Full moon occurs when the sun is on one side of the earth and the moon is directly opposite the sun on the other side of the earth. That is going to happen on May 17th at 11:09 Universal Time.
So what is Universal Time and why do we use it?
If I wanted to tell everyone in every country what time of the day the moon was going to be full, I could write a great big list for every time zone throughout the world, OR I could tell them what time it will happen in England (standard time, not daylight savings time)--and call that Universal Time (UT).
In Wisconsin, if it is daylight savings time, you turn the clock back 5 hours from UT; if we do not have daylight savings time, you subtract 6 hours.
The moon will pass that spot where it is perfectly opposite the sun at 11:09 UT.
11:09 -5 hours = 6:09
So the moon will be perfectly full at 6:09 Central Daylight Time on the morning of May 17th, 2011. But wouldn't you know it? The moon is going to set and disappear below the horizon about a half an hour before that!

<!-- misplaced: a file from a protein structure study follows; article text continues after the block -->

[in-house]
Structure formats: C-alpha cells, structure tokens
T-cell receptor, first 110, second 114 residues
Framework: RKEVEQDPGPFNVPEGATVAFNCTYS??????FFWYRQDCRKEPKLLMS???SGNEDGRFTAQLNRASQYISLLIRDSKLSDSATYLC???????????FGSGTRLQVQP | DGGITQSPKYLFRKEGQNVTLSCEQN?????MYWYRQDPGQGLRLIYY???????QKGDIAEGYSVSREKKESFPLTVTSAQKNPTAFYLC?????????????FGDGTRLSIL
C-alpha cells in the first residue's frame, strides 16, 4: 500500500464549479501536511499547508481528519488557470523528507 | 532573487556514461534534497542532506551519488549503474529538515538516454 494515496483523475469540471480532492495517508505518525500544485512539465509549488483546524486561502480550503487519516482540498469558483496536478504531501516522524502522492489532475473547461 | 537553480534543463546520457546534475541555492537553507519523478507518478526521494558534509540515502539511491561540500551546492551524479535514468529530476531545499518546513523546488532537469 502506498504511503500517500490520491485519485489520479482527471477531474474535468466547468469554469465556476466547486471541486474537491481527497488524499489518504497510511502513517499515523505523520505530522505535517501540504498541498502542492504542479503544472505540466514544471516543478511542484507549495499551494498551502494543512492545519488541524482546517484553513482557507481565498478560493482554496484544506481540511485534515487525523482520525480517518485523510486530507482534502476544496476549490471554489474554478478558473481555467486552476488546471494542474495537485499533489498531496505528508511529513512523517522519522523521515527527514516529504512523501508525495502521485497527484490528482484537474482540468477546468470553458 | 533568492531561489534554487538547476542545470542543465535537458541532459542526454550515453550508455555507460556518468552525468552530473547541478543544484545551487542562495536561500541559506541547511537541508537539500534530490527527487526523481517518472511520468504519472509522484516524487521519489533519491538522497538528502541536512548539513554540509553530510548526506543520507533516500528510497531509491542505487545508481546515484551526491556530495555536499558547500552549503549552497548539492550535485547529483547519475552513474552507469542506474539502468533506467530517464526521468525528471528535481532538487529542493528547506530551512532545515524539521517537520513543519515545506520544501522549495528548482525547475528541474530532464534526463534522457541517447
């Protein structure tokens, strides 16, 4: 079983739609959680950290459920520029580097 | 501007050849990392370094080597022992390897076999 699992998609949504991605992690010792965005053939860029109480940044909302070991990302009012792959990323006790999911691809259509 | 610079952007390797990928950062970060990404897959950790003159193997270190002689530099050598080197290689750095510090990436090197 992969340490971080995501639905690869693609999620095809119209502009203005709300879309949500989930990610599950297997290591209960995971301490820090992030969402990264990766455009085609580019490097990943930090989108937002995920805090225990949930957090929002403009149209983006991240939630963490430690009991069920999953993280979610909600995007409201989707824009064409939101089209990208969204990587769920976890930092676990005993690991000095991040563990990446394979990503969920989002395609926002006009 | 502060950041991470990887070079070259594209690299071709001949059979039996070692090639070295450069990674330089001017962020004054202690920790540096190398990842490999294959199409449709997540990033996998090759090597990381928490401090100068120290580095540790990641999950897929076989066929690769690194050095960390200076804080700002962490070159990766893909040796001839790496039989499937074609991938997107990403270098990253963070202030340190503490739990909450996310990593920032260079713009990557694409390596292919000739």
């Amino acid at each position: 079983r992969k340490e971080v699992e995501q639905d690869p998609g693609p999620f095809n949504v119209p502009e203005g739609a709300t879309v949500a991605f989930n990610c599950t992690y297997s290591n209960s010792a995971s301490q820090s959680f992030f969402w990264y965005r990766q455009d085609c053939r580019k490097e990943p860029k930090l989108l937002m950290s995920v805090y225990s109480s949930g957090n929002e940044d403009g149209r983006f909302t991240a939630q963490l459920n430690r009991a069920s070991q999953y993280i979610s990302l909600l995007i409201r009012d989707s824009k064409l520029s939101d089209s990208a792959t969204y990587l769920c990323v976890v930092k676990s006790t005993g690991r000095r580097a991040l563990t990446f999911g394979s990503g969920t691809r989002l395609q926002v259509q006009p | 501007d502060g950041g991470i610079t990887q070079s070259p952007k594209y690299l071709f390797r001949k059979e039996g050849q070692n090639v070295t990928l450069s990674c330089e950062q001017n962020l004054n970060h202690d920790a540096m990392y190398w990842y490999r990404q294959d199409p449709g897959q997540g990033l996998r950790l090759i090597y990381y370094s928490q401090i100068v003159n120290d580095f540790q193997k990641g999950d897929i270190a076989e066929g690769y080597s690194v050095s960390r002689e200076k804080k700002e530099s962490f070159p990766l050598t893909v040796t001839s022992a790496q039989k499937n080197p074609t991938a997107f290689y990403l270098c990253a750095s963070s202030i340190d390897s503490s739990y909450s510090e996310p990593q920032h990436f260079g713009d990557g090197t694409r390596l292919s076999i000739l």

What's to do?
The moon is going to be large and beautiful on the evening and morning of the 16 and the 17th...so go outside and enjoy the big, full moon then. It will rise in the east at dusk and set just before dawn. It is a great time to go outside for a hike--with the moon so bright, you may not need a flashlight!
P.S. Some of you might be interested in knowing that Universal Time is also known as Greenwich Mean Time. You may have studied in your geography classes that the Prime Meridian passes through Greenwich, England--they chose the time of day on the Prime Meridian as our Universal Time.